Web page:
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A&B Heating celebrates 65 years of ‘non-stop service’

Photo submitted to the Times Observer Pictured from left to right are A&B Heating & Sheet Metal Company staff: Tim, Gregg, Dale, Ben, Sam, Dustin, Tyler, Dave, Jack, Steph, Stacy, and Jon.

In 1953, the average house cost a little less than $10,000 and the average wages earned to buy that house were about $4,000 per year.

The country was moving past the Great Depression and World War II. An armistice was signed in 1953 that brought an end to the Korean War.

It was in 1953 that Carl Papalia set up shop as the owner of A&B Heating & Sheet Metal Company. He had returned home just a few years earlier after serving his country in the skies above the South Pacific. Two of his brothers came on board a short time later – Ralph, as part-owner and Joe as a head serviceman.

This year marks 66 years of non-stop service to the Warren County area. “Over 575,000 hours of being on-call” according to owner Dave Papalia. The half-hour for lunch didn’t last very long.

Papalia learned at an early age that the heating and plumbing industry does not have a calendar or a watch. “Trouble comes around anytime so we want to be available,” he said.

As a child in the Papalia household, he recalls his parents taking in customers when they had no heat for the night. There were also occasions when his father came home after a late-night service call with homemade bread or a bushel of apples as payment.

A house that’s too cold or too warm affects different people in different ways, according to Papalia. “During extremes of the year it also brings a little fear,” he said. “Raising the floor or waiting until Monday is not an option when a basement drain is backed up or the furnace is out.”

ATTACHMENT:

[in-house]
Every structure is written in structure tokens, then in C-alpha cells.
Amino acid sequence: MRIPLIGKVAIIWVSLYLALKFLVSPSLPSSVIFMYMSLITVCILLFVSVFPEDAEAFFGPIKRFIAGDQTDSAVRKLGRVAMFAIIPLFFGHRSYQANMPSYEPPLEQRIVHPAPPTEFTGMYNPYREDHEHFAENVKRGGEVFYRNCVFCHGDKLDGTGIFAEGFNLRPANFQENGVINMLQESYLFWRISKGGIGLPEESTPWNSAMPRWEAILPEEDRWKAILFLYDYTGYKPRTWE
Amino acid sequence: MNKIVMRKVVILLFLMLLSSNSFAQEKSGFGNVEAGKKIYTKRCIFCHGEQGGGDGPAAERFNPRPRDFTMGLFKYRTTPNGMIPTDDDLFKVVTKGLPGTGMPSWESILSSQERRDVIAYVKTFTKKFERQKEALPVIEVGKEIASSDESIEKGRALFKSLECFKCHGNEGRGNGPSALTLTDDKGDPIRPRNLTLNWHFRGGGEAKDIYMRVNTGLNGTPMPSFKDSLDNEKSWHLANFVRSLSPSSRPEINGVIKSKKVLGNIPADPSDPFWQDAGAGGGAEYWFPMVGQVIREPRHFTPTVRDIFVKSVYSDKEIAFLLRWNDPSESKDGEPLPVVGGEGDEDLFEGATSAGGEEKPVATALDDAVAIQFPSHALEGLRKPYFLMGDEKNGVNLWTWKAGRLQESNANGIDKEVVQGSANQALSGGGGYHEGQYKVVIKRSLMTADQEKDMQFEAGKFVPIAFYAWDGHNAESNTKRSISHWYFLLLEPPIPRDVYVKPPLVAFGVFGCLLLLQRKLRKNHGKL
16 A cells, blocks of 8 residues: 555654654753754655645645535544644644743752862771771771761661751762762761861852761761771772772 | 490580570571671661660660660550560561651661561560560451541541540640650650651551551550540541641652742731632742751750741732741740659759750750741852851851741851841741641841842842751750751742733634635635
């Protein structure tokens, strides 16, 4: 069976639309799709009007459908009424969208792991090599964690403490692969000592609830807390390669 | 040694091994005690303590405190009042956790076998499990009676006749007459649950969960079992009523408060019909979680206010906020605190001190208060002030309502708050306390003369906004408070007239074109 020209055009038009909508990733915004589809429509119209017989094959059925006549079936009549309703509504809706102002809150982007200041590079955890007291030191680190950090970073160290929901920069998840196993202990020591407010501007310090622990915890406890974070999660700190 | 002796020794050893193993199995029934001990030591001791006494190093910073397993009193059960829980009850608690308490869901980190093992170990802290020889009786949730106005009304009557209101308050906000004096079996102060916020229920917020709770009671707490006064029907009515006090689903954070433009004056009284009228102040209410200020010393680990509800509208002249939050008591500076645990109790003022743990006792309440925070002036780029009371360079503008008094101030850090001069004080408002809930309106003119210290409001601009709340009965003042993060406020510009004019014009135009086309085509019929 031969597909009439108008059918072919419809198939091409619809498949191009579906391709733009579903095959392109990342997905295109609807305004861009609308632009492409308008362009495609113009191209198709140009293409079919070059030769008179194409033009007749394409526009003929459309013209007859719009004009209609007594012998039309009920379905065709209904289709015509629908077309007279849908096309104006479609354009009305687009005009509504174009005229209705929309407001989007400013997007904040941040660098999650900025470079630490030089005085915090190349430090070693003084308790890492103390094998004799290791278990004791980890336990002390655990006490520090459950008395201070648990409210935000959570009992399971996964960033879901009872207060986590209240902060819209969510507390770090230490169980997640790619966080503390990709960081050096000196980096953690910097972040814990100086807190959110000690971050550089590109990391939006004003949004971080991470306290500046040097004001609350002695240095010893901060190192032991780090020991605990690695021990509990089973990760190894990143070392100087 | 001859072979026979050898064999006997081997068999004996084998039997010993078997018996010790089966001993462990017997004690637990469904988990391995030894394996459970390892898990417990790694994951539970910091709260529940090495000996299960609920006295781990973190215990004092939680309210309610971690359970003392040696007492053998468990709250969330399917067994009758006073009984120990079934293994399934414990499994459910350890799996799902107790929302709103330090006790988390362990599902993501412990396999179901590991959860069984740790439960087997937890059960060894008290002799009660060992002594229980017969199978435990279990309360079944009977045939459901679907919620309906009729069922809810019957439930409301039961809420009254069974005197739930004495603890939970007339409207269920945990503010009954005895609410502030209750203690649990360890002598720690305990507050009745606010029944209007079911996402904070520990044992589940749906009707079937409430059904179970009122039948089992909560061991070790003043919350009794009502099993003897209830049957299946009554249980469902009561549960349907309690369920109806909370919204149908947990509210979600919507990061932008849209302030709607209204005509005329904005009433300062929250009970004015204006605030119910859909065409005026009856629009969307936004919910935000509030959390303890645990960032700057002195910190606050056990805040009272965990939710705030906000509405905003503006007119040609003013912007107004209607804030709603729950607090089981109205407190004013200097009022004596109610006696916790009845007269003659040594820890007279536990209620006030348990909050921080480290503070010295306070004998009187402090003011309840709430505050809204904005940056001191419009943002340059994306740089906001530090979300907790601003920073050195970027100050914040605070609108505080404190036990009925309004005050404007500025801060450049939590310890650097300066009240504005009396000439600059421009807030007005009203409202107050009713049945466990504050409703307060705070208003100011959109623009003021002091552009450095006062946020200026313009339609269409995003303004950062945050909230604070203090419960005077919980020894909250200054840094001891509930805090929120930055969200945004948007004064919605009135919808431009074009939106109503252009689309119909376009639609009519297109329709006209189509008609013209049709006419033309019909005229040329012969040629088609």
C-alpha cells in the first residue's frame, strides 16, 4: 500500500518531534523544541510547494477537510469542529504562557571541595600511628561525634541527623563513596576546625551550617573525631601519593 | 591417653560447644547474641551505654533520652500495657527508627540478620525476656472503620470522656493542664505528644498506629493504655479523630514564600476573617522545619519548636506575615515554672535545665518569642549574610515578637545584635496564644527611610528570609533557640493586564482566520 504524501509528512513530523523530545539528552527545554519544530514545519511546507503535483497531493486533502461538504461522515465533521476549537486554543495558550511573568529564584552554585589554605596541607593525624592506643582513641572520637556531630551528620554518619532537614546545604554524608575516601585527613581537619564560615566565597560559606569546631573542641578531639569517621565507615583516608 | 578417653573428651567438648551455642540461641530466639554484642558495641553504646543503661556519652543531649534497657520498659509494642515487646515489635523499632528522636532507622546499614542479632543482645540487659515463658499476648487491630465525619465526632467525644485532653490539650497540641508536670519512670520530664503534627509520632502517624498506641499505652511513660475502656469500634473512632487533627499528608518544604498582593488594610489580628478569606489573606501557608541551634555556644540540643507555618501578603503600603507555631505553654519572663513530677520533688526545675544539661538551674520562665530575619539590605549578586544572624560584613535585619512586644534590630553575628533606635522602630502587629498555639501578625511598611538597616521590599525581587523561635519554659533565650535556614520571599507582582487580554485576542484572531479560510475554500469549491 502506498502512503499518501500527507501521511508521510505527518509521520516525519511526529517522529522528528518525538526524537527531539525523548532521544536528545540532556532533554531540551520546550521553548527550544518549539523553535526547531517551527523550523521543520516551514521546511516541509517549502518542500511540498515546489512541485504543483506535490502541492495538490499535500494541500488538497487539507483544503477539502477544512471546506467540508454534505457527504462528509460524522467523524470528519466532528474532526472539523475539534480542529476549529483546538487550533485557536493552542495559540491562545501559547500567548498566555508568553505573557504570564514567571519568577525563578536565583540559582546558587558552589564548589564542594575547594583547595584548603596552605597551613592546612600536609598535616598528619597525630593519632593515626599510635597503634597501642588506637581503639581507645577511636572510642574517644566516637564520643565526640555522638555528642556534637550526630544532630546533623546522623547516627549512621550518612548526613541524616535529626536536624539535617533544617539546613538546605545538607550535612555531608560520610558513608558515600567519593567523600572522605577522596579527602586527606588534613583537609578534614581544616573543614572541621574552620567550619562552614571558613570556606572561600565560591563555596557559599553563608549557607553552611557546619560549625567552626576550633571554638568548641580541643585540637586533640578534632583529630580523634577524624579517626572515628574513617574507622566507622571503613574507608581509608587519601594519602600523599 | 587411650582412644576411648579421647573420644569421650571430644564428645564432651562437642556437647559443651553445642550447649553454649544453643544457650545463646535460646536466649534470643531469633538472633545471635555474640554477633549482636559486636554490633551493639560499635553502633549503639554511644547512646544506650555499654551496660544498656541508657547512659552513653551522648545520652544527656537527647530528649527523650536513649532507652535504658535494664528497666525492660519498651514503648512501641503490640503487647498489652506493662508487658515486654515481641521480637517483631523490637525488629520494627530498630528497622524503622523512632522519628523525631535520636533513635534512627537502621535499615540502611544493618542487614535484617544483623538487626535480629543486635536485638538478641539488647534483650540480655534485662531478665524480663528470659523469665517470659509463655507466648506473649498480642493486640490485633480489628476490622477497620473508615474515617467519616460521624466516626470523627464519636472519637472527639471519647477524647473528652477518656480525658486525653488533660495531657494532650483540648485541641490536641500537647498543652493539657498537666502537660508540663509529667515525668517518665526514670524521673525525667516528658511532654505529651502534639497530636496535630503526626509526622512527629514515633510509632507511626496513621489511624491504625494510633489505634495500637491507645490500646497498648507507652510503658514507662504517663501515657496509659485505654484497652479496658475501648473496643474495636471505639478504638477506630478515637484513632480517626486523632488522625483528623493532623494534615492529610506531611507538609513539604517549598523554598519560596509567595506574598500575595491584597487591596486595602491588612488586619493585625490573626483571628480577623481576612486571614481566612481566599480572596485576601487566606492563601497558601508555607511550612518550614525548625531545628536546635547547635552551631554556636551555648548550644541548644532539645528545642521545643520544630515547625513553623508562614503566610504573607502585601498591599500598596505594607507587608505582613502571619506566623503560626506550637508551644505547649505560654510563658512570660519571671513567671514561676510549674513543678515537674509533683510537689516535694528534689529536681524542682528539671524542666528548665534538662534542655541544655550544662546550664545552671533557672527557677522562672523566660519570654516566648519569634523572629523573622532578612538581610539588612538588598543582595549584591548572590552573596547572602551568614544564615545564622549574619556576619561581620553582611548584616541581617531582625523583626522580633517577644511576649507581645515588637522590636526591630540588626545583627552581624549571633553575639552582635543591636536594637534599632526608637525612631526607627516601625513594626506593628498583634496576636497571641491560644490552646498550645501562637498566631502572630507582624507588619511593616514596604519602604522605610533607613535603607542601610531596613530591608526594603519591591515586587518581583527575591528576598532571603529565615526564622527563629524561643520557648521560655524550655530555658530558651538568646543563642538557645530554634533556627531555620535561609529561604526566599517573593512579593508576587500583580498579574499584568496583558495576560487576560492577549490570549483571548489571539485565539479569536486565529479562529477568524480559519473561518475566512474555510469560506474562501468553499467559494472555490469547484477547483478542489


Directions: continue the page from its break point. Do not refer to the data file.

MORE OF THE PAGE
While you may not be able to predict when an emergency will happen, Papalia has learned that preventive maintenance is the best way to avert an unexpected service call.

Between 90 to 95 percent of problems can be prevented with regular maintenance, according to Papalia.

“We can’t forget that a heating system is basically a fire that’s burning in your basement,” he said. “Our job is to keep it from getting out of control.”

“Fire is a survivalist,” he said. “It wants to live, so if a furnace is dirty or plugged, the fire will go looking for oxygen wherever it can find it and that leads to flame in all the wrong places.”

Many years of service have led to stories of wrong and unusual places.

The business built and sealed the time capsule that’s buried in the courthouse foundation, which is scheduled to be opened in 2076.

There was an occasion where a woman came into the business and placed a container on Papalia’s desk. He asked what it contained. Her reply, “My husband.” Sealing urns has become a not-uncommon request.

There was also an instance where the company’s work may not be considered heavenly but was certainly far-reaching. The sheet metal shop built the scales once held by Lady Justice atop the courthouse. A helicopter was needed to place them there.

One last bit of advice from Papalia: make sure your ductwork is both animal and child-proof. Yes, both have been retrieved.

As year 66 continues, so does the story of a local business connected to the community. A&B covers approximately a 50-mile radius of Warren with 12 employees.

Papalia continued, “we are well aware of the path the past has paved for us but it does not define us in 2019 and beyond. We can’t use it as a rudder because of the famous ‘Pot Roast’ story. Ask your Mom or Grandmother what that is. If you can’t find it give us a call or check out our Facebook page.”

The story isn’t as much about the company as it is about the customers, Papalia said. “It’s our customers who keep the phone ringing and we are thankful for that every day.”

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